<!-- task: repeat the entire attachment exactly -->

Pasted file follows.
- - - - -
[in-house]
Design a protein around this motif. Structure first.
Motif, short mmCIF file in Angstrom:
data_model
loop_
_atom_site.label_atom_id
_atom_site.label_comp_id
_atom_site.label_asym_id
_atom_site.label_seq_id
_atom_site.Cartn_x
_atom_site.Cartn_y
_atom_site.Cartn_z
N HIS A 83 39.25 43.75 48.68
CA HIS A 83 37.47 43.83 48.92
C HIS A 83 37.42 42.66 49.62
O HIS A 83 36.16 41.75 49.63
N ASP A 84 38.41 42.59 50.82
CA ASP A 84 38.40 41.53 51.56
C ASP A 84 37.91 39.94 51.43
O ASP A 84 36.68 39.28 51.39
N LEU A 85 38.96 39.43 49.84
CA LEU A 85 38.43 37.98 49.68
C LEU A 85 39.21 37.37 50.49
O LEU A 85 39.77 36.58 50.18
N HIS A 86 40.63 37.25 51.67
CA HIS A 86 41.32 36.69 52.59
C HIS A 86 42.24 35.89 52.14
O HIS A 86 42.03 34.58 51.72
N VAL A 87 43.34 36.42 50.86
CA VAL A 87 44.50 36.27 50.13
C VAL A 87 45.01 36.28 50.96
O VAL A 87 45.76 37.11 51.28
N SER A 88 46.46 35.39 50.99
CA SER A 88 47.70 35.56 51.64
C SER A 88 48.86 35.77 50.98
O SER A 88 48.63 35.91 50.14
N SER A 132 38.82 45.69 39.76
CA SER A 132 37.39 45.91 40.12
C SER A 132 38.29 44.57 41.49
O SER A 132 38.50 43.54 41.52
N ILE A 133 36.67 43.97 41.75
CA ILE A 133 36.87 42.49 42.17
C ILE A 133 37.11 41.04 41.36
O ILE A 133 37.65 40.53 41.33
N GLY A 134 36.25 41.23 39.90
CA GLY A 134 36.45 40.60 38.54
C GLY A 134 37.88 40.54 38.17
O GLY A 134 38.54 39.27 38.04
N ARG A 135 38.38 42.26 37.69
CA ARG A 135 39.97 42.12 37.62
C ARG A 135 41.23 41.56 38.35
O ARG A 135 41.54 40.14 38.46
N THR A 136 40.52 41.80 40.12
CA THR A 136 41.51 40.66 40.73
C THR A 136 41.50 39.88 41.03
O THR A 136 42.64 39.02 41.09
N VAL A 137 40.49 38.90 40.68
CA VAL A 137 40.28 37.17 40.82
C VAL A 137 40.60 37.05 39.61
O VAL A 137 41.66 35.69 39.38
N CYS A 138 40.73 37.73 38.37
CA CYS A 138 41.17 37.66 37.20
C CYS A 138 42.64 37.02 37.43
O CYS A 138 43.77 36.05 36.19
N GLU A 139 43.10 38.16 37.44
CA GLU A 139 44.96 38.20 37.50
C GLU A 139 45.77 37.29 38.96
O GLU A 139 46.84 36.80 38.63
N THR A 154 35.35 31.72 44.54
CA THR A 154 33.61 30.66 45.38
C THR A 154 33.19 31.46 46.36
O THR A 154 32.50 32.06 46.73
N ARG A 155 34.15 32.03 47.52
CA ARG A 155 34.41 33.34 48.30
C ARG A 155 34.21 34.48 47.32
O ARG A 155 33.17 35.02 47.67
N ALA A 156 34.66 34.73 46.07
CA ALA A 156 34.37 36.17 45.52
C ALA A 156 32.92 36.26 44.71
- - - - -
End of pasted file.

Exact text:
[in-house]
Design a protein around this motif. Structure first.
Motif, short mmCIF file in Angstrom:
data_model
loop_
_atom_site.label_atom_id
_atom_site.label_comp_id
_atom_site.label_asym_id
_atom_site.label_seq_id
_atom_site.Cartn_x
_atom_site.Cartn_y
_atom_site.Cartn_z
N HIS A 83 39.25 43.75 48.68
CA HIS A 83 37.47 43.83 48.92
C HIS A 83 37.42 42.66 49.62
O HIS A 83 36.16 41.75 49.63
N ASP A 84 38.41 42.59 50.82
CA ASP A 84 38.40 41.53 51.56
C ASP A 84 37.91 39.94 51.43
O ASP A 84 36.68 39.28 51.39
N LEU A 85 38.96 39.43 49.84
CA LEU A 85 38.43 37.98 49.68
C LEU A 85 39.21 37.37 50.49
O LEU A 85 39.77 36.58 50.18
N HIS A 86 40.63 37.25 51.67
CA HIS A 86 41.32 36.69 52.59
C HIS A 86 42.24 35.89 52.14
O HIS A 86 42.03 34.58 51.72
N VAL A 87 43.34 36.42 50.86
CA VAL A 87 44.50 36.27 50.13
C VAL A 87 45.01 36.28 50.96
O VAL A 87 45.76 37.11 51.28
N SER A 88 46.46 35.39 50.99
CA SER A 88 47.70 35.56 51.64
C SER A 88 48.86 35.77 50.98
O SER A 88 48.63 35.91 50.14
N SER A 132 38.82 45.69 39.76
CA SER A 132 37.39 45.91 40.12
C SER A 132 38.29 44.57 41.49
O SER A 132 38.50 43.54 41.52
N ILE A 133 36.67 43.97 41.75
CA ILE A 133 36.87 42.49 42.17
C ILE A 133 37.11 41.04 41.36
O ILE A 133 37.65 40.53 41.33
N GLY A 134 36.25 41.23 39.90
CA GLY A 134 36.45 40.60 38.54
C GLY A 134 37.88 40.54 38.17
O GLY A 134 38.54 39.27 38.04
N ARG A 135 38.38 42.26 37.69
CA ARG A 135 39.97 42.12 37.62
C ARG A 135 41.23 41.56 38.35
O ARG A 135 41.54 40.14 38.46
N THR A 136 40.52 41.80 40.12
CA THR A 136 41.51 40.66 40.73
C THR A 136 41.50 39.88 41.03
O THR A 136 42.64 39.02 41.09
N VAL A 137 40.49 38.90 40.68
CA VAL A 137 40.28 37.17 40.82
C VAL A 137 40.60 37.05 39.61
O VAL A 137 41.66 35.69 39.38
N CYS A 138 40.73 37.73 38.37
CA CYS A 138 41.17 37.66 37.20
C CYS A 138 42.64 37.02 37.43
O CYS A 138 43.77 36.05 36.19
N GLU A 139 43.10 38.16 37.44
CA GLU A 139 44.96 38.20 37.50
C GLU A 139 45.77 37.29 38.96
O GLU A 139 46.84 36.80 38.63
N THR A 154 35.35 31.72 44.54
CA THR A 154 33.61 30.66 45.38
C THR A 154 33.19 31.46 46.36
O THR A 154 32.50 32.06 46.73
N ARG A 155 34.15 32.03 47.52
CA ARG A 155 34.41 33.34 48.30
C ARG A 155 34.21 34.48 47.32
O ARG A 155 33.17 35.02 47.67
N ALA A 156 34.66 34.73 46.07
CA ALA A 156 34.37 36.17 45.52
C ALA A 156 32.92 36.26 44.71